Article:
Cosmic Nights: Space Debris

Grab a friend and join us for Cosmic Nights – Space Debris. Dive into hot topics in astronomy and space exploration in this fun evening of science and socializing. We’ll have a custom planetarium show, guest lecturers, drinks, science demonstrations and trivia at this 19+ event.

There are tens of thousands of pieces of man-made debris, or “space junk,” orbiting the Earth that threaten satellites and other spacecraft. With the increase of space exploration and no debris removal processes in place that number is sure to increase.

Learn more about the impact space debris will have on current and future missions, space law, and the impact human activity, both scientific, and commercial are having on space as we discuss what it will take to make space exploration more sustainable. Physics professors Dr. Aaron Rosengren, and Dr. Aaron Boley will be joining us to share their expertise on the subject.

Tickets available for 7:30pm or 9:00pm planetarium star theatre shows.
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7:30 ticket holder schedule:
6:30 - check-in
7:00 - “Pooping in Space” (GroundStation Canada Theatre)
7:30 - 8:30 “Go Boldly and Sustainably” show (Planetarium Star Theatre)
9:00 - 9:30 “Space Debris” lecture


9:00 ticket holder schedule:
6:30 - check-in
7:00 - 9:00 (runs every 30 mins) “Pooping in Space” show (GroundStation Canada Theatre)
8:00 - 8:30 “Space Debris” lecture
9:00 - 10:00 “Go Boldly and Sustainably” show (Planetarium Star Theatre)
The bar will be open from 6:30 – 10:00pm in the Cosmic Courtyard.
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SHOWS:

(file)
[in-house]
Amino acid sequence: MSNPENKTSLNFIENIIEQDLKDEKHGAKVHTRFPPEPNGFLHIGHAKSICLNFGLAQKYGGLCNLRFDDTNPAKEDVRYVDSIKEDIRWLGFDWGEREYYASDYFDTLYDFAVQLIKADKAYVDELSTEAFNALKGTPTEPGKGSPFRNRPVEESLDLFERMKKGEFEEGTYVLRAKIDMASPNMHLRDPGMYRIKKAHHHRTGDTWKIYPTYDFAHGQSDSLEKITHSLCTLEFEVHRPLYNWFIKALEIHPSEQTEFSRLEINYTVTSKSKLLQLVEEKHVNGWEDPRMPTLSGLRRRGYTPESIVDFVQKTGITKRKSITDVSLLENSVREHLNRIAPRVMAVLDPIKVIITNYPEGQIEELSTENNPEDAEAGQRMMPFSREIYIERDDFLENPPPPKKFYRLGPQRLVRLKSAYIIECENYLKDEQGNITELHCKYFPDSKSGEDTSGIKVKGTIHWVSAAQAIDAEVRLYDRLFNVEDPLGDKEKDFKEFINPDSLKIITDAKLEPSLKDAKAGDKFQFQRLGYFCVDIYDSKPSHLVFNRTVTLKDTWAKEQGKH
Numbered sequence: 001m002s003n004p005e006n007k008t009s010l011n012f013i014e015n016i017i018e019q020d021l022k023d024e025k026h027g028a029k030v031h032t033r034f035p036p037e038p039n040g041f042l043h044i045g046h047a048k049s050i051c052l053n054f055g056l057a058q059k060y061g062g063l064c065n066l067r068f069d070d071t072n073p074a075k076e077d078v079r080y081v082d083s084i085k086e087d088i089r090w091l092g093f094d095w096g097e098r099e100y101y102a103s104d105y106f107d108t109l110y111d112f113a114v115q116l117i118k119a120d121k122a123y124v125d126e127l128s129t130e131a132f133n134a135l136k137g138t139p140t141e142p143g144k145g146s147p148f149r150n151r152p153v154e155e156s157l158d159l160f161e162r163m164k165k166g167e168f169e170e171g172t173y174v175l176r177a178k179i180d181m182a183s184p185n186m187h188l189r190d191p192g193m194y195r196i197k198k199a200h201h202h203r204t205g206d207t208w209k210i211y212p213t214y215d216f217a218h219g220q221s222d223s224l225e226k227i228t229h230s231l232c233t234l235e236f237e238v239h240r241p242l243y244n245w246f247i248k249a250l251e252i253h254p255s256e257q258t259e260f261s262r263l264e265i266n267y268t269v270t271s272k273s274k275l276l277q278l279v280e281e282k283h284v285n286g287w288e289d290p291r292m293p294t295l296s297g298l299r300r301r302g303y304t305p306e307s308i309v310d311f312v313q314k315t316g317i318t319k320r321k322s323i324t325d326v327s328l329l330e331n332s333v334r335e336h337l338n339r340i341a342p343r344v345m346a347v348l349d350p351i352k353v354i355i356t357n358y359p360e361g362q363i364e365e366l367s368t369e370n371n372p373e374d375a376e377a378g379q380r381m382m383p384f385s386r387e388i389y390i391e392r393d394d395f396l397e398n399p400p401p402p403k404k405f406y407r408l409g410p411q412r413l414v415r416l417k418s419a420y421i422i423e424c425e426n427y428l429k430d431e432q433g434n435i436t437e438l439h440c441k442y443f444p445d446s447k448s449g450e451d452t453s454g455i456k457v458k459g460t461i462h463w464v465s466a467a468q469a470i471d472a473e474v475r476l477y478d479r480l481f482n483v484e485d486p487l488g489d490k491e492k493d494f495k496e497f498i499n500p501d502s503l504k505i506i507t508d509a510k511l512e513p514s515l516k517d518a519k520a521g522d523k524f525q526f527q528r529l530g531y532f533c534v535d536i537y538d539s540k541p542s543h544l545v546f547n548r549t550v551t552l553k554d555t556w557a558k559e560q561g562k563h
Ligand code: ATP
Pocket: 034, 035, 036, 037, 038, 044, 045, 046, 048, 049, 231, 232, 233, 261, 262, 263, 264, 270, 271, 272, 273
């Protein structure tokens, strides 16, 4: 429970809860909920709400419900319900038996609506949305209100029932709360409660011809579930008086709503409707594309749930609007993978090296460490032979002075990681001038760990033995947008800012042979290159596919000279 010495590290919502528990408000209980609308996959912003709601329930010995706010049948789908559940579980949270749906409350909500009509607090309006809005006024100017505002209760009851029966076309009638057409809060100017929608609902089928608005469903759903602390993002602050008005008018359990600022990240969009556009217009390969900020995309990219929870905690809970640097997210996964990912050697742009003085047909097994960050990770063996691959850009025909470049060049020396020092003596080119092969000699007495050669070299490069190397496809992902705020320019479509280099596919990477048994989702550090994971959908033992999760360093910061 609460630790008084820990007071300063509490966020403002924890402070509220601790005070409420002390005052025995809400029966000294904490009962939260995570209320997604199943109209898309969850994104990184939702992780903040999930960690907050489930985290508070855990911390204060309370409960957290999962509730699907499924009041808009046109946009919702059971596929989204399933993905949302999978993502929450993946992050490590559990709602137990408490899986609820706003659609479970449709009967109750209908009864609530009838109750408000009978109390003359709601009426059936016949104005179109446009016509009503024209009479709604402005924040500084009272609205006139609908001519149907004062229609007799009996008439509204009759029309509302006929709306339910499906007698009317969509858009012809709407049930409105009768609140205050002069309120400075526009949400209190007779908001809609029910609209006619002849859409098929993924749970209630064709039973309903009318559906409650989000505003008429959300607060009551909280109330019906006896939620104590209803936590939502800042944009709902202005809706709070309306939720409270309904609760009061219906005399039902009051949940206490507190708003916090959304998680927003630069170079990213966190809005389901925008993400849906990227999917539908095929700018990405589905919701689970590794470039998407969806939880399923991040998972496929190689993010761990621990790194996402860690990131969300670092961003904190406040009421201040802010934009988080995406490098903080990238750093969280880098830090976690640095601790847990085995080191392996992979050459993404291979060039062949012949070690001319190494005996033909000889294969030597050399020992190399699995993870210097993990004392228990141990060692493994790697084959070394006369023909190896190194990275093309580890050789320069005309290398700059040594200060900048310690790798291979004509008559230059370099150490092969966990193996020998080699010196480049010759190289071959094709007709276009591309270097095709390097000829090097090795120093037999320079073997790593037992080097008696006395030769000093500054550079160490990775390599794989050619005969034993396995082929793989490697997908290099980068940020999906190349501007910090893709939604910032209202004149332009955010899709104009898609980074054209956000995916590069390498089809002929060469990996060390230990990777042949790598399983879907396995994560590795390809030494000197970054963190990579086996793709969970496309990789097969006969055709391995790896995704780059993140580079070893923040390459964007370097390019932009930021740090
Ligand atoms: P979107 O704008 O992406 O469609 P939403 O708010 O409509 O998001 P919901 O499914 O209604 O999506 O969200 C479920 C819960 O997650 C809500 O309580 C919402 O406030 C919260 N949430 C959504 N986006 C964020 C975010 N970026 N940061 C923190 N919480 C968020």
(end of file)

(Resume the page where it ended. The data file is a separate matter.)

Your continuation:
Only planetarium shows are ticketed, all other activities are optional.

7:00pm, 7:30pm, 8:00pm, 8:30pm – “Pooping in Space” - GroundStation Canada Theatre
The ultimate waste! What happens when you have to “GO” in space? In this live show you’ll see how astronauts handle this on the ISS, look at some new innovations space suit design for future missions, and we’ll have some fun astronaut trivia.

7:30pm and 9:00pm – “Go Boldly and Sustainably” -  Planetarium Star Theatre
As humans venture into a solar system, where no one can own anything, it is becoming increasingly important to create policies to control for waste and promote sustainability. But who will enact these policies? Will it be our governments or private companies? Our astronomer Rachel Wang, and special guest Dr. Aaron Boley will explore these concepts under the dome in the Planetarium Star Theatre. For the 7:30 show SFU’s Paul Meyer will be making an appearance to talk about the key aspects of space security diplomacy and how it relates to the space debris challenge. 
Dr. Aaron Boley is an Assistant Professor in the Physics and Astronomy department at UBC whose research program uses theory and observations to explore a wide range of processes in the formation of planets, from the birth of planet-forming discs to the long-term evolution of planetary systems.